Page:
The Storied History of
Now owned by the Thomas Family, this land was originally part of El Capote Ranch. The founder of El Capote Ranch was Count Jose De La Baume (1731-1834), a French army officer who came to North America with Marquis De Lafayette and fought in the American Revolution. De La Baume acquired a grant from a Mexican governor to purchase 27,000 acres of Texas land among the Capote Hills, but his acquisition was complicated when tensions rose between Mexico and Spain. Due to his involvement in the American Revolution, authorities questioned La Baume’s allegiance to Spain’s crown, and confiscated all of his assets. The 82-year-old Count was imprisoned for seven months until he received a pardon in 1814. The pardon, however, did not return his money or the deed to El Capote Ranch. De La Baume petitioned the government for his confiscated property and he employed Stephen F. Austin as his attorney. Noted Texas figures including Green DeWitt, Sam Houston, John W. Smith, Juan Erasmo Seguin and Jose Antonio Navarro signed petitions on behalf of the Count and his application for the restoration of his ownership rights. Ultimately, the Mexican government returned his property, including the ranch, in 1828.
In the spring of 1834, Stephen F. Austin entered the bedroom of the San Antonio home of De La Baume, then a 103 year old man on his death bed. He was joined by two other prominent citizens, John W. Smith and Juan Erasmo Seguin, to witness the signing of De La Baume’s Last Will and Testament. John W. Smith became the first anglo mayor of San Antonio. Juan Erasmo Seguin is, of course, one of the most influential people in Texas history. The City of Seguin was named in honor of him.
In his will of 1834, De La Baume provided that the lands of El Capote shall be divided among his five children. In the will, he also states: "I have filed a claim against the Supreme Government of the United States of America asking for the pension awarded to those who fought in the War for Independence, since I was captain of a company which fought for the cause of America in the glorious struggle against Britannia power.”
Michael Erskine acquired some of El Capote’s lands from heirs of De La Baume in the 1840s. He raised cattle here and drove his herds to California and New Orleans. The chronicles of these cattle drives are rich in detail.
This land is also rich in the lore of Cowboys and Indians. French Smith, De La Baume’s ranch manager, is one of the many colorful and significant characters in the history of El Capote. He was one of the volunteers who helped rescue three ladies held captive by raiding Comanche Indians. Erskine's mother, Margaret, was captured by the Shawnee Indians and held captive nearly four years before the Indians would accept a ransom for her.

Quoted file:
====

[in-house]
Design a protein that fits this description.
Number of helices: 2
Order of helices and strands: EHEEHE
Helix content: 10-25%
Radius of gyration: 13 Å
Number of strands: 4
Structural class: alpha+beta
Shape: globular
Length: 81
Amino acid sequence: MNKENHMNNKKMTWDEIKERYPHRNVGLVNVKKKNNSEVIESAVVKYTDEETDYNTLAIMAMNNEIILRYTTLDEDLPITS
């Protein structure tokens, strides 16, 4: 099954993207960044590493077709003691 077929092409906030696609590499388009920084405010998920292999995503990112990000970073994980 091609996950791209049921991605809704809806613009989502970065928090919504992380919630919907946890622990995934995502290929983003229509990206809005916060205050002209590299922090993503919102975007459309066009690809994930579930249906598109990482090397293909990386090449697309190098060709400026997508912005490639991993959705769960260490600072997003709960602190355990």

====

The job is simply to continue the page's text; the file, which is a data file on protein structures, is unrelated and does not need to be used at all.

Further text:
The Erskine family sold the ranch in the 1870s, part of which was purchased by Edith Kermit Carow, the wife of future President Theodore Roosevelt. In fact, during the Spanish-American War, Roosevelt rode an El Capote horse, "Seguin", at the Battle of San Juan Hill (1898).
Santos Patronos ranch is located on FM 466, commonly known as El Capote Road, and shares a fence with what is left of the original El Capote Ranch. El Capote Road was forged by Texas settlors traveling from San Antonio to Gonzales and further east. The trail ran parallel to the Guadalupe River. Travelers frequently stopped to rest at a natural spring located on our ranch, though they were subject to attacks by local Indians. Evidence of these skirmishes include the abundance of arrowheads and other artifacts found on the ranch.
More on the history of this land can be found at www.uiw.edu/sanantonio/LaBaume.html
Our ranch is nestled near the banks of the Guadalupe river between Seguin and Gonzalez, Texas. The river was first named in 1689 after Nuestra Señora de Guadalupe by the explorer Alonso de León, whom he considered the patron saint of his expedition. In 1846, the Catholic bishops of America declared the Blessed Virgin Mary to be the patron saint of the United States under her title of the Immaculate Conception. And in 1945, Pope Pius XII decreed the Blessed Virgin Mary to be the patron saint of all the Americas under her title Our Lady of Guadalupe.
During his expeditions, De León named several Texas rivers, including the San Marcos, the Guadalupe, the Medina, the Nueces, and La Santísima de la Trinidad (“The Most Holy Trinity”), known as the Trinity. De León was also instrumental in establishing San Francisco de los Tejas, one of the four missions that comprise San Antonio Missions National Historical Park.